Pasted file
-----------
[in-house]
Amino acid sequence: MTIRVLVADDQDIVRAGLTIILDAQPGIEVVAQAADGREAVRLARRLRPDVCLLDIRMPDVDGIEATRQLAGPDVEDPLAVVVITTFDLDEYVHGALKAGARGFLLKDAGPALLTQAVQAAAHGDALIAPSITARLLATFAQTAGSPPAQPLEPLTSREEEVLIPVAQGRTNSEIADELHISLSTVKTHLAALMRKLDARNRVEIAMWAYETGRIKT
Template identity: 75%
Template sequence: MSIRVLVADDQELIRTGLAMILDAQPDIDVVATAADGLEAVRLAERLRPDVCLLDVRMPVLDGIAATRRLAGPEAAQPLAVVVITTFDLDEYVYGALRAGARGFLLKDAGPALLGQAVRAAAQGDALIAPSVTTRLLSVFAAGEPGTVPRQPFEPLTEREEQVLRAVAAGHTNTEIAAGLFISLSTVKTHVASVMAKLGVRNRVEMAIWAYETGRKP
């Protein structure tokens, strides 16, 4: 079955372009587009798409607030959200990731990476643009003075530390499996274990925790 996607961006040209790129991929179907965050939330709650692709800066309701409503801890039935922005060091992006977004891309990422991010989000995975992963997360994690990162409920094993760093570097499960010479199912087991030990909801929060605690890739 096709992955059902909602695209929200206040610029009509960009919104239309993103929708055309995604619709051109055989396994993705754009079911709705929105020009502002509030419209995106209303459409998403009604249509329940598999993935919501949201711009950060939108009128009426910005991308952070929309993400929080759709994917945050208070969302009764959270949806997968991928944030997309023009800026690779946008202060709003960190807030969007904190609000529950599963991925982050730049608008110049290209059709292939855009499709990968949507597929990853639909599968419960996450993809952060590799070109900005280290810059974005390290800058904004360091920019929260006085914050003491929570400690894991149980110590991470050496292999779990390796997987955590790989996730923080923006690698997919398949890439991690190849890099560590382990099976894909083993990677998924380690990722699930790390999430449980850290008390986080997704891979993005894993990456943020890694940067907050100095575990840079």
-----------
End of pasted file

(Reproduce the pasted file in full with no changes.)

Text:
[in-house]
Amino acid sequence: MTIRVLVADDQDIVRAGLTIILDAQPGIEVVAQAADGREAVRLARRLRPDVCLLDIRMPDVDGIEATRQLAGPDVEDPLAVVVITTFDLDEYVHGALKAGARGFLLKDAGPALLTQAVQAAAHGDALIAPSITARLLATFAQTAGSPPAQPLEPLTSREEEVLIPVAQGRTNSEIADELHISLSTVKTHLAALMRKLDARNRVEIAMWAYETGRIKT
Template identity: 75%
Template sequence: MSIRVLVADDQELIRTGLAMILDAQPDIDVVATAADGLEAVRLAERLRPDVCLLDVRMPVLDGIAATRRLAGPEAAQPLAVVVITTFDLDEYVYGALRAGARGFLLKDAGPALLGQAVRAAAQGDALIAPSVTTRLLSVFAAGEPGTVPRQPFEPLTEREEQVLRAVAAGHTNTEIAAGLFISLSTVKTHVASVMAKLGVRNRVEMAIWAYETGRKP
């Protein structure tokens, strides 16, 4: 079955372009587009798409607030959200990731990476643009003075530390499996274990925790 996607961006040209790129991929179907965050939330709650692709800066309701409503801890039935922005060091992006977004891309990422991010989000995975992963997360994690990162409920094993760093570097499960010479199912087991030990909801929060605690890739 096709992955059902909602695209929200206040610029009509960009919104239309993103929708055309995604619709051109055989396994993705754009079911709705929105020009502002509030419209995106209303459409998403009604249509329940598999993935919501949201711009950060939108009128009426910005991308952070929309993400929080759709994917945050208070969302009764959270949806997968991928944030997309023009800026690779946008202060709003960190807030969007904190609000529950599963991925982050730049608008110049290209059709292939855009499709990968949507597929990853639909599968419960996450993809952060590799070109900005280290810059974005390290800058904004360091920019929260006085914050003491929570400690894991149980110590991470050496292999779990390796997987955590790989996730923080923006690698997919398949890439991690190849890099560590382990099976894909083993990677998924380690990722699930790390999430449980850290008390986080997704891979993005894993990456943020890694940067907050100095575990840079």